Start-ups with multi-billion dollar valuations have slowly resulted in the changing mindset of the Indian parents.
Wadhwani Foundation has pledged $100 million to help create and fulfil 25 million jobs by 2020 with assistance from government and industry. Entrepreneur speaks to Dr Ajay Kela, President and CEO, Wadhwani Foundation, to get the insights into the foundation’s different initiatives and how it is planning to fulfil its pledge.
How do you pledge to create 25 million jobs by 2020 in India?
Wadhwani Foundation has pledged $100 million to help create and fulfil 25 million jobs by 2020 in partnership with government and industry and leveraging the foundation’s successful entrepreneurship and skill development programmes built over the past 10 years.
Of the 25 million jobs, 5 million jobs will be created by new companies, 10 million jobs through enabling MSMEs to achieve accelerated growth and another 10 million by enhancing the skills of entry level workers, thus accelerating the growth of existing small and large businesses.
Explain your high-impact initiatives in India and their success rate.
For job creation, the foundation established the National Entrepreneurship Network (NEN) in 2003. NEN has built a strong network with 600 colleges, 4,000 mentors and 3,200 faculty that inspires, educates and supports new entrepreneurs. NEN is currently tracking 1,000+ new companies each year.
For job fulfilment, the foundation has set up the Skills Development Network (SDN) that supports the initiatives of multiple colleges, high school and employers for entry-level mid-skill jobs. SDN has developed and implemented several major skills initiatives along with MHRD and state governments providing support for vocational education programmes in 1000+ high schools and 200+ UGC colleges and 100+ companies.
The foundation’s third initiative, Opportunity Network for Disabled is aimed at mainstreaming the educated disabled by putting them into sustainable high-quality corporate jobs through a business value proposition of lower attrition and higher productivity. The foundation’s goal is to place 400,000 disabled over next three years in partnership with the Ministry of Empowerment and Social Justice.
Research and Innovation Network aims to upgrade India’s research ecosystem to compete at the global stage by catalysing “Centers of Innovations” in partnership with existing research Institutes. The foundation has currently established two such research centers – the Wadhwani Research Centre for Biotechnology at IIT Mumbai and Shanta Wadhwani Center for Cardiac and Neural Research at Bengaluru.
Wadhwani Foundation’s Policy Research Centre provides data-driven research inputs for informed policy actions towards creating a human-capital-driven growth economy. Wadhwani Chair in US-India policy at the Center for Strategic and International Studies, a leading bi-partisan policy think tank in Washington DC, aims to accelerate India-US economic activities.
How is the entrepreneurial landscape evolving in India?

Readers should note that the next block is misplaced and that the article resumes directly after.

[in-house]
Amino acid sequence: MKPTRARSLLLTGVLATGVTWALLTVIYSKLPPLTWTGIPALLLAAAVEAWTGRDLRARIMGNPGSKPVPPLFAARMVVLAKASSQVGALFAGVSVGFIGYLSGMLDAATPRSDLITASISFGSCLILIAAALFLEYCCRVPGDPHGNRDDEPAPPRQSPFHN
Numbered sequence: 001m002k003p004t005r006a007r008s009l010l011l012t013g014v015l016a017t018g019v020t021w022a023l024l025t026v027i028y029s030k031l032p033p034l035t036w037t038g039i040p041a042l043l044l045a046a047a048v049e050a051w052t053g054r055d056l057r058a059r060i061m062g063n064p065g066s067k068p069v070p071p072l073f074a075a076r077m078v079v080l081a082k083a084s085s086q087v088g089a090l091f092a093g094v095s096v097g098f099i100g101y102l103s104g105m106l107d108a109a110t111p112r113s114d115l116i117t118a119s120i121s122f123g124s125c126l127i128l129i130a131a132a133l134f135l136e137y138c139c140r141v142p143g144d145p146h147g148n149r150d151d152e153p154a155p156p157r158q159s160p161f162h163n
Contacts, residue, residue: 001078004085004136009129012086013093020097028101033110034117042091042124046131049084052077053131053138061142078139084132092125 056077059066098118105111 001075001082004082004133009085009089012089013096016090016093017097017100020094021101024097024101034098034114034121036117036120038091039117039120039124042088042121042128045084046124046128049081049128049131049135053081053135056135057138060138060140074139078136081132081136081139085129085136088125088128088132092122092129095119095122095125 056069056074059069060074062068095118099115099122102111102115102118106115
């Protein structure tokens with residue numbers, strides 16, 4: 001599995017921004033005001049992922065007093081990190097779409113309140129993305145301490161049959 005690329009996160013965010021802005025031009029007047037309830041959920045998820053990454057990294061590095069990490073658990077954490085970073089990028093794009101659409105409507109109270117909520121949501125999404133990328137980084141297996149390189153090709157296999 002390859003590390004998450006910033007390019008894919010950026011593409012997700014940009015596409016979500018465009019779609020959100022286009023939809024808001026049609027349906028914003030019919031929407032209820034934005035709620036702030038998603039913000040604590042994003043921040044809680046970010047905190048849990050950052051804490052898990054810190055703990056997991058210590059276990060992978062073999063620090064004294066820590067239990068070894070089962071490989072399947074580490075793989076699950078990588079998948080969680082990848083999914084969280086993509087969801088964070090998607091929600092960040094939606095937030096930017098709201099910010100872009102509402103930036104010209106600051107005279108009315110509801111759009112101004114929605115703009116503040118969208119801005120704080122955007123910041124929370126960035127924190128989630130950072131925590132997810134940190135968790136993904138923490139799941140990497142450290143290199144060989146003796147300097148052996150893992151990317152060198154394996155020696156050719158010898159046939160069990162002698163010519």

Traditionally, the mindset in the country was skewed towards family-owned businesses and creating new companies. Moreover, our best and brightest coming out of IITs and IIMs were trying to get MNC jobs. However, the state of entrepreneurship in India is fast undergoing transformational change.
In cities like Bengaluru and Delhi, entrepreneurship is flourishing. Entrepreneurship has become the first choice of top IIT graduates. Start-ups with multi-billion dollar valuations have slowly resulted in the changing mindset of the Indian parents. The number of early-stage funds, accelerators and incubators helping seed start-ups is also growing. However, the entrepreneurial ecosystem in India is still fairly weak – Policies need to be more supportive towards first-generation entrepreneurs, financial ecosystem relating to debt, credit lines and angel funding is still very weak and knowledge and mentoring ecosystems need to be developed.
The Silicon Valley structure, where equity to the employees is a standard practice, is a culture slowly developing in Indian start-up space and “joining start-ups” is becoming more attractive.
Share your future plans.
In India, the foundation has recently announced an investment of $100 million to create 25 million jobs in India by 2020 through scaling up of entrepreneurship (500 to 5,000 institutes, 4,000 to 25,000 mentors and substantial innovation grants on competitive basis to 20,000 small businesses) and skill development (1,000 to 50,000 schools, 79,000 to 500,000 students and National/Regional Skills Colleges). It is looking forward to partner with central and state governments to help in the implementation of entrepreneurship and skill development programmes.
The foundation has expanded its global footprint to Pakistan, Indonesia and Malaysia and is planning to launch in Africa soon. In the next five years, the foundation aims to replicate the successful India model in 15-25 additional countries.